Astronomers have observed sunspots on the surface of the sun for nearly 400 years. It is known that sunspots follow a cyclic pattern of growing in number and disappearing in approximately 11 years, known as the sunspot cycle or the sun’s activity cycle. We are currently in the 24th sunspot cycle since the observation began in 1755.
According to a paper published in Nature Communications, a team of researchers from IISER Kolkata have developed a way of predicting the intensity of activity in the next solar cycle (approximately from 2020 to 2031) using data spread over the last 100 years.
Contrary to other calculations, they find that the sun’s activity would not dip during the next cycle, but it would be similar to the current cycle, perhaps even stronger. They expect the cycle to peak around 2024. “This is a unique data driven simulation work,” says Dipankar Banerjee, Solar physicist from Indian Institute of Astrophysics, Bengaluru, who was not involved in this research.
The researchers simulate the behaviour of the sun using magnetic field evolution models and observational data. They simulate solar activity, and using inputs from observed data from one cycle, predict the behaviour of the sun over the next cycle, about ten years in advance. Comparing their simulations with recorded data from 1913 to present, they show a remarkable agreement in most cases. Using the same method, they predict solar activity over the next cycle, about ten years into the future.
In an email to The Hindu , Dr. Dibyendu Nandi, who authored the paper, says “Our work has shown that we cannot make a prediction beyond the next sunspot cycle (i.e., beyond the next 10 years) because the dynamical ‘memory’ of the sun (i.e., the length of time over which past states affect future states of the sun) extends only over one sunspot cycle and not beyond,” Dr. Nandi, who is with the Centre for Excellence in Space Sciences India and Department of Physical Sciences, IISER Kolkata co-authored the paper with PhD student Prantika Bhowmik.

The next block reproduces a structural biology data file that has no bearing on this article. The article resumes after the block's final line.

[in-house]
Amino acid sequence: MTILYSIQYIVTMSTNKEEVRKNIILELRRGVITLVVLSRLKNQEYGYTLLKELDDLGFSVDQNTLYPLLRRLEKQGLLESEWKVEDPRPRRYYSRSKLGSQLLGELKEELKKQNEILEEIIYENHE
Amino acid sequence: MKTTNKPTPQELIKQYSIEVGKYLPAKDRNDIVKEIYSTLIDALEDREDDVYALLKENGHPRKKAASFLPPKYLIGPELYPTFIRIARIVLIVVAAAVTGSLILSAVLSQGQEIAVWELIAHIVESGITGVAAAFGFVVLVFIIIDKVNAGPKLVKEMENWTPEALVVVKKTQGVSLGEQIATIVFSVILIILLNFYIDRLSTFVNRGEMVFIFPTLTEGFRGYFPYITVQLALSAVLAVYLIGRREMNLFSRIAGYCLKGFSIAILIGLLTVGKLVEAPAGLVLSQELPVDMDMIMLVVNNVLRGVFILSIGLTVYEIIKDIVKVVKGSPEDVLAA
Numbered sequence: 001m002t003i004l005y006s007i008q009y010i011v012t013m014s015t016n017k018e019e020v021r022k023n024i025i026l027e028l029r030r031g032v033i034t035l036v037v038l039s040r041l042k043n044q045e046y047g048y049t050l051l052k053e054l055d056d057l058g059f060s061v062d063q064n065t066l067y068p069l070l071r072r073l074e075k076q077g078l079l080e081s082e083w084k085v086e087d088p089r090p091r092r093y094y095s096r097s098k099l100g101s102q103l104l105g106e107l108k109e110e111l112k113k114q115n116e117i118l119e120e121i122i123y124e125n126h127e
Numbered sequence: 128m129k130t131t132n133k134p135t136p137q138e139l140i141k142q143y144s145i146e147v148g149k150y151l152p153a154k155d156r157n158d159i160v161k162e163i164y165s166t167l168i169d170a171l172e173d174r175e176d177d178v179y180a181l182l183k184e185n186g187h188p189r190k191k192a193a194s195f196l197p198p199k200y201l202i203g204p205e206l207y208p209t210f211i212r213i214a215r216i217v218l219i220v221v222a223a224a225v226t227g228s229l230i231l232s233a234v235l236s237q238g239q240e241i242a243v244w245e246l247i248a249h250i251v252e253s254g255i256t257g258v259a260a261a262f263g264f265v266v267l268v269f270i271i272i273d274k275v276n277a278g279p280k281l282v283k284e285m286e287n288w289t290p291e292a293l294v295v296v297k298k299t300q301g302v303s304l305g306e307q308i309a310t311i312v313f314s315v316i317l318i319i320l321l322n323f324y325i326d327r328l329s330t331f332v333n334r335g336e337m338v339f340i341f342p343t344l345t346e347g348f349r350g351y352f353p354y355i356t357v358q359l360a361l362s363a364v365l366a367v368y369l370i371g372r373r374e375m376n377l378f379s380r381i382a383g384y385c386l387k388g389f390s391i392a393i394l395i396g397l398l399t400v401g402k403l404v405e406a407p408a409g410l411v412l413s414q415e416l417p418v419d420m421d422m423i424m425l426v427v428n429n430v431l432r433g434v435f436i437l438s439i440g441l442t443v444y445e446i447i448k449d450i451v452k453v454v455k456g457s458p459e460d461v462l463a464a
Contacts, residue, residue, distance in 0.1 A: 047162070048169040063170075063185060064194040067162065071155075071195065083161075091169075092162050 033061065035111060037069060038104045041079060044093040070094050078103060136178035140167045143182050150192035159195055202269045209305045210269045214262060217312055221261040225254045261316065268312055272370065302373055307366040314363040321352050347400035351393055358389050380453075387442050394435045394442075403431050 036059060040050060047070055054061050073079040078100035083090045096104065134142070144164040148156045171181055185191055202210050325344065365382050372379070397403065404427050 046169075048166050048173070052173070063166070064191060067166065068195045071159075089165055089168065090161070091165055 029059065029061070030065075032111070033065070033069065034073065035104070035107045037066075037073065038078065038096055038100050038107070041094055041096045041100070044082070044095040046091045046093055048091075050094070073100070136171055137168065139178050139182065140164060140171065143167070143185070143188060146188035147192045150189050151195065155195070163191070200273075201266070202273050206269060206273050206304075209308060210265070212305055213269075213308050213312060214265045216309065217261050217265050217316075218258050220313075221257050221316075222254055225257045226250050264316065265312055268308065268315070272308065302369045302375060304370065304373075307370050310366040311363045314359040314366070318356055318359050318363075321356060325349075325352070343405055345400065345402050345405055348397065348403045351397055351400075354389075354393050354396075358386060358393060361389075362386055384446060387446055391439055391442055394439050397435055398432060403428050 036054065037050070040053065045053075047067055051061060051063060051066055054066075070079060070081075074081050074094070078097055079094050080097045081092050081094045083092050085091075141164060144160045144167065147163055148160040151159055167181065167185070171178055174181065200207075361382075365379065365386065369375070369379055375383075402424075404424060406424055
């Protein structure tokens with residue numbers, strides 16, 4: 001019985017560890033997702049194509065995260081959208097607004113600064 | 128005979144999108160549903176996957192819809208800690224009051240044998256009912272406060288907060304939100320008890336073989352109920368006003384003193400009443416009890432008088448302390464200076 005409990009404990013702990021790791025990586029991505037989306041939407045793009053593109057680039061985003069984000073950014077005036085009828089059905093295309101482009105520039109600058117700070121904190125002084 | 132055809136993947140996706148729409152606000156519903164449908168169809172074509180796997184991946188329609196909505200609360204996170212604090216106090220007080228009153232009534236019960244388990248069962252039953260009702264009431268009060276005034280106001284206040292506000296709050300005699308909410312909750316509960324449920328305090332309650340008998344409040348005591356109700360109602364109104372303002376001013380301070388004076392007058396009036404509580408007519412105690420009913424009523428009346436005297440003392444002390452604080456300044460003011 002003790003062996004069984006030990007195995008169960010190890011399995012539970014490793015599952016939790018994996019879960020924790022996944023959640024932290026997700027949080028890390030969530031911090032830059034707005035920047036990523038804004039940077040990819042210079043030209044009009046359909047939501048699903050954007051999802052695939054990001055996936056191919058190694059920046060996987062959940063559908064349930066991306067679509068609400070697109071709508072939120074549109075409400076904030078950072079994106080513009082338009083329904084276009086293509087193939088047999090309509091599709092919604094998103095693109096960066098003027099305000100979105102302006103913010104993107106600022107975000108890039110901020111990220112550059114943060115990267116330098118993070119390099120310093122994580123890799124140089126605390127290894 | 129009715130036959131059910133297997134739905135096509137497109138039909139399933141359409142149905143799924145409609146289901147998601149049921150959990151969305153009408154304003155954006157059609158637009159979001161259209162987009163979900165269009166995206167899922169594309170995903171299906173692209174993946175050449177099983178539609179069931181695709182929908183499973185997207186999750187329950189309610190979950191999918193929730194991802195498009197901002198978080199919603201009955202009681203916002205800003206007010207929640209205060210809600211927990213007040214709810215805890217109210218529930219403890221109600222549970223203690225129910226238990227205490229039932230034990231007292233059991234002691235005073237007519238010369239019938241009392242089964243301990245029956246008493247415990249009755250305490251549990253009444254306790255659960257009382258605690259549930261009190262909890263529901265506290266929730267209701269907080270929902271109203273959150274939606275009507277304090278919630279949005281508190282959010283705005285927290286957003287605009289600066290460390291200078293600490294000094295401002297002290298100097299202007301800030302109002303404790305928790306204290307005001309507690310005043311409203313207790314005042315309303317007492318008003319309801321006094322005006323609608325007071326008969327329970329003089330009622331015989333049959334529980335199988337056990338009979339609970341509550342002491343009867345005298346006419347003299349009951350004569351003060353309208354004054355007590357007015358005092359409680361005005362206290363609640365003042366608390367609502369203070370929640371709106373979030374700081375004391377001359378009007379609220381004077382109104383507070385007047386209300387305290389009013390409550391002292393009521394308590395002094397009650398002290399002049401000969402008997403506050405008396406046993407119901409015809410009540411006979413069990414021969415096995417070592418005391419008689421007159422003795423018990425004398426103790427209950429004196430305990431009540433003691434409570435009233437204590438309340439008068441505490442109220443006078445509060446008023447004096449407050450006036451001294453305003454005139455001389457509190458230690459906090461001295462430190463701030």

“This kind of work will be very important for the understanding of the long-term variations of the sun and its impact on our climate which is one of the science objectives of Aditya mission. The forecast will be also useful for scientific operational planning of the Aditya mission,” says Prof. Banerjee.
An important reason to understand sunspots is that they affect space weather. This refers to the effect of radiation, particle flux and magnetic flux in the region around the sun. During extreme events, space weather can affect electronics-driven satellite controls, communications systems, air traffic over polar routes and even power grids. The other reason sunspots are interesting is the belief that they are correlated with climate on earth. A lot of the research in this area focuses on predicting the way the next sunspot cycle will shape up – whether the sun will be extremely active and produce many sunspots or not.
There have been predictions that the next cycle (cycle 25) will show reduced sunspot activity. There have even been speculations that the sun may be heading towards a period of prolonged low activity - what solar physicists describe as a ‘Maunder-like minimum’. The Maunder minimum refers to a period from 1645 to 1715 where observers reported minimal Sunspot activity — the number of sunspots reduced by a factor of nearly 1,000, over a period of 28 years. During this and other such periods of low activity, some parts of Europe and North America experienced lower-than-average temperatures. While the connection between the Maunder minimum and the climate on earth is still debated, it gives another reason to watch the sunspots.
“Sunspot cycle 25 may reverse the substantial weakening trend in solar activity which has led to speculation of an imminent Maunder-like grand minimum and cooling global climate,” the researchers write.